Banking

Titan raises $58 million, with the Gen Z and Millennial-focused asset manager backed by big names like Will Smith and Kevin Durant

  • Titan, the startup angling to be the active manager for a new generation of investors, raised $58 million.
  • Titan has sought a role as the “premier” asset manager for Millenials and Gen Zs.
  • Titan’s take on active investing is to combine a core equity portfolio of around 20 stocks, hedged for customers’ unique risk appetite.
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Titan, the startup angling to be the active manager for a new generation of investors, raised $58 million in a star-studded funding round that valued the company at $450 million, the company said in a statement.

The funding round, led by Andreessen Horowitz, featured a cast of celebrities, including Will Smith, Jared Leto, and Kevin Durant. With some 30,000 clients, Titan manages $500 million in assets, a number that should hit the $1 billion mark this year, co-founder Joe Percoco told Bloomberg.

Titan has sought a role as the “premier” asset manager for Millenials and Gen Z investors, positioning itself as the Fidelity or Blackrock for a younger cohort. Its founders talk of democratizing access to managed portfolios. The company is mobile-first and has a $100 minimum investment threshold, evoking comparisons to Robinhood.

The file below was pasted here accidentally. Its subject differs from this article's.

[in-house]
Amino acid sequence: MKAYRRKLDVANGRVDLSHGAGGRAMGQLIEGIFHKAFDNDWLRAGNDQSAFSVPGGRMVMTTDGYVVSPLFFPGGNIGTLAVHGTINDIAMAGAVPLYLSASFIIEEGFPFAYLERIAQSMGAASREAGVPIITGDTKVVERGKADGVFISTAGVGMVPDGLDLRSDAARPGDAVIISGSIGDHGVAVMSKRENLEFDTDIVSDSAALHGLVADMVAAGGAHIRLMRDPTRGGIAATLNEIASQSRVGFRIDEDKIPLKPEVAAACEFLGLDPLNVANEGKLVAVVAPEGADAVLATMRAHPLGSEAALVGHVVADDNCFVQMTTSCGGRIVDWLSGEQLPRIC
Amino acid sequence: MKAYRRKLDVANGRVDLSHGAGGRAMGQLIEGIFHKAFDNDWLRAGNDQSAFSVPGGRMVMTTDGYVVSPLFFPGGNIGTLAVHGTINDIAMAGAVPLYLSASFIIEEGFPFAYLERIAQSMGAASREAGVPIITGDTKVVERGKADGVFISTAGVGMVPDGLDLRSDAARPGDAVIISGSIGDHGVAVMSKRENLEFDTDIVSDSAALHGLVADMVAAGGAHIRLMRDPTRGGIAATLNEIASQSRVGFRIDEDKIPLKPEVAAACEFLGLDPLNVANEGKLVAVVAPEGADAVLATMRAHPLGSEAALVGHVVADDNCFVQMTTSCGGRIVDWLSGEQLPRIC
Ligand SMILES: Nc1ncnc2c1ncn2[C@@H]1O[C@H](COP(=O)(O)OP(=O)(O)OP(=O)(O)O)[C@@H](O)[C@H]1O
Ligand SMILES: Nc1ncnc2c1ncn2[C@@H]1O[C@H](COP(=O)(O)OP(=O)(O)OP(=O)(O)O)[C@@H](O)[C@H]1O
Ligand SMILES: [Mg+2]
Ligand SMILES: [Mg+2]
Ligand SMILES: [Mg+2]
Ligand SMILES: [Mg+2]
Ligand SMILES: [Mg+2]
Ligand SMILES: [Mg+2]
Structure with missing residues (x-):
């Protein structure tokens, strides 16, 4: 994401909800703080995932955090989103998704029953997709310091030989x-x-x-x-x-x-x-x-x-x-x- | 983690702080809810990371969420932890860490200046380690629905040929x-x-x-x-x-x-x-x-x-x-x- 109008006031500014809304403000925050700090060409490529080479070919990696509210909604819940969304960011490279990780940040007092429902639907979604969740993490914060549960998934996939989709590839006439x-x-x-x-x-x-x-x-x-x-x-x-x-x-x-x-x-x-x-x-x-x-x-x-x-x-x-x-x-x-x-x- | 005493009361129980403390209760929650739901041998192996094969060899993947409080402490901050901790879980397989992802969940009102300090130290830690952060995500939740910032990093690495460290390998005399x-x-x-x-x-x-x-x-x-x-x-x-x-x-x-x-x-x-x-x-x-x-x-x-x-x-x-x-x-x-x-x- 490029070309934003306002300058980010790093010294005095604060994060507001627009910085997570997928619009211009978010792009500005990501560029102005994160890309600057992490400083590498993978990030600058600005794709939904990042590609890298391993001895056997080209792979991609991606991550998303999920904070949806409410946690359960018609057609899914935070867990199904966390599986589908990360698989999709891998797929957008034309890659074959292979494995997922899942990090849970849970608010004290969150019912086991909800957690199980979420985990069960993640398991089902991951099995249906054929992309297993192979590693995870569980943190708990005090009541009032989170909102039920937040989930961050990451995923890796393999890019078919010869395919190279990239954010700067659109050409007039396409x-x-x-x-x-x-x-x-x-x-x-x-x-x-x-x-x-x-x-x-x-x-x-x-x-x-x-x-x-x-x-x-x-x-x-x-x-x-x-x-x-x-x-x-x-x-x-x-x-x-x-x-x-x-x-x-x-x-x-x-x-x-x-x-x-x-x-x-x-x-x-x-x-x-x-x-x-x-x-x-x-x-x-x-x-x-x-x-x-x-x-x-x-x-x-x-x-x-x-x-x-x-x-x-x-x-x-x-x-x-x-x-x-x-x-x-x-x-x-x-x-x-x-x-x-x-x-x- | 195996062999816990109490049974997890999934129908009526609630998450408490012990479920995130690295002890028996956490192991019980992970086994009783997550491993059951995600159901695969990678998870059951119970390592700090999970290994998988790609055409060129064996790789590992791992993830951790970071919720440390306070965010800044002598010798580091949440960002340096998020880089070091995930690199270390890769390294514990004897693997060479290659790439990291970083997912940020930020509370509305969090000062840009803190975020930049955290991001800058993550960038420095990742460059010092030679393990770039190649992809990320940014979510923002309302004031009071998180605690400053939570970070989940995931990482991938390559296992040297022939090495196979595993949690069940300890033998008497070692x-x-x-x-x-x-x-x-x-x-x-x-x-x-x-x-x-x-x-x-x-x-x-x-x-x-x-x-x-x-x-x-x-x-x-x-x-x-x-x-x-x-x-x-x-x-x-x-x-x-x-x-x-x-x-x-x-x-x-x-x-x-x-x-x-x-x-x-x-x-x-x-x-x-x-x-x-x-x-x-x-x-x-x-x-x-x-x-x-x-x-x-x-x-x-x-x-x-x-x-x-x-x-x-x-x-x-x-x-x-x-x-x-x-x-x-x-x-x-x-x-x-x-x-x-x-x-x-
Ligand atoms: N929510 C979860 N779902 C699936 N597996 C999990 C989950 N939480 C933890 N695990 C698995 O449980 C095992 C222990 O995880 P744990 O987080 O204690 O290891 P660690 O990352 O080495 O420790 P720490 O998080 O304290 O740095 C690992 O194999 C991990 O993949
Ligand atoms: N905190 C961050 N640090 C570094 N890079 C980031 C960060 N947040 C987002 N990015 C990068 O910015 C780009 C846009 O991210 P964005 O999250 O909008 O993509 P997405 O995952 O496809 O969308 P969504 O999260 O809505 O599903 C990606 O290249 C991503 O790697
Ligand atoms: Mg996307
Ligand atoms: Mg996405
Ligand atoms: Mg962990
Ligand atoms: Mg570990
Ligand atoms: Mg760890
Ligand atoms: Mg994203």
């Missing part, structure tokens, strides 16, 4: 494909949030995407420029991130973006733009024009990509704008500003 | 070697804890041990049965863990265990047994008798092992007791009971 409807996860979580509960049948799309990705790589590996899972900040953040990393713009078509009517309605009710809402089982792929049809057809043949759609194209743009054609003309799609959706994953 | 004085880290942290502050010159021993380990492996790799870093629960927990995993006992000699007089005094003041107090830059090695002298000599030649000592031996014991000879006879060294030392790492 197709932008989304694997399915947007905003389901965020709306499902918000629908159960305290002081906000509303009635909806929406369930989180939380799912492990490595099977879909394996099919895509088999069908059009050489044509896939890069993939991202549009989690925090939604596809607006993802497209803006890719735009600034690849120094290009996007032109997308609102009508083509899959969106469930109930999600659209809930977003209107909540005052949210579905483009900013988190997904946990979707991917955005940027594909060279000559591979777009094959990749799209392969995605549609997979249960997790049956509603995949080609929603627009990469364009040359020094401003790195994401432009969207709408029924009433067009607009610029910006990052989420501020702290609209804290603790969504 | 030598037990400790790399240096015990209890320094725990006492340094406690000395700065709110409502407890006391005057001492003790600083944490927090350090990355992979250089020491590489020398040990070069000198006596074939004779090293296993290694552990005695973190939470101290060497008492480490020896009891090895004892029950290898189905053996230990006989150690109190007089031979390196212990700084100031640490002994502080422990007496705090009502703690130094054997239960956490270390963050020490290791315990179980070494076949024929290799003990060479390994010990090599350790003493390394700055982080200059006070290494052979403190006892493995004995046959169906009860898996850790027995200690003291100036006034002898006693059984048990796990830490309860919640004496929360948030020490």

Unlike Robinhood, Titan users don’t need to pick stocks – instead deferring to in-house investment strategies explained in quick-bite, 90-second videos. Also unlike Robinhood, Titan charges fees for its active-management services: 1% of account value for investors with at least $10,000 or $5 per month for smaller users.

Titan’s take on active investing is to combine a core equity portfolio of 20-some stocks with a hedge against losses, where the size of the hedge is personalized to users’ risk profiles. For example, Titan’s large-cap fund will allocate between 0-20% of the portfolio to an inverse S&P 500 ETF, depending on market conditions and user risk tolerance.

Two of Titan’s three funds, large cap and small-to-mid cap, have beat the market since their inception. But the company’s international fund, launched in April, fell well short of its benchmark, returning a cumulative 1.7% where the market yielded 4.3%.

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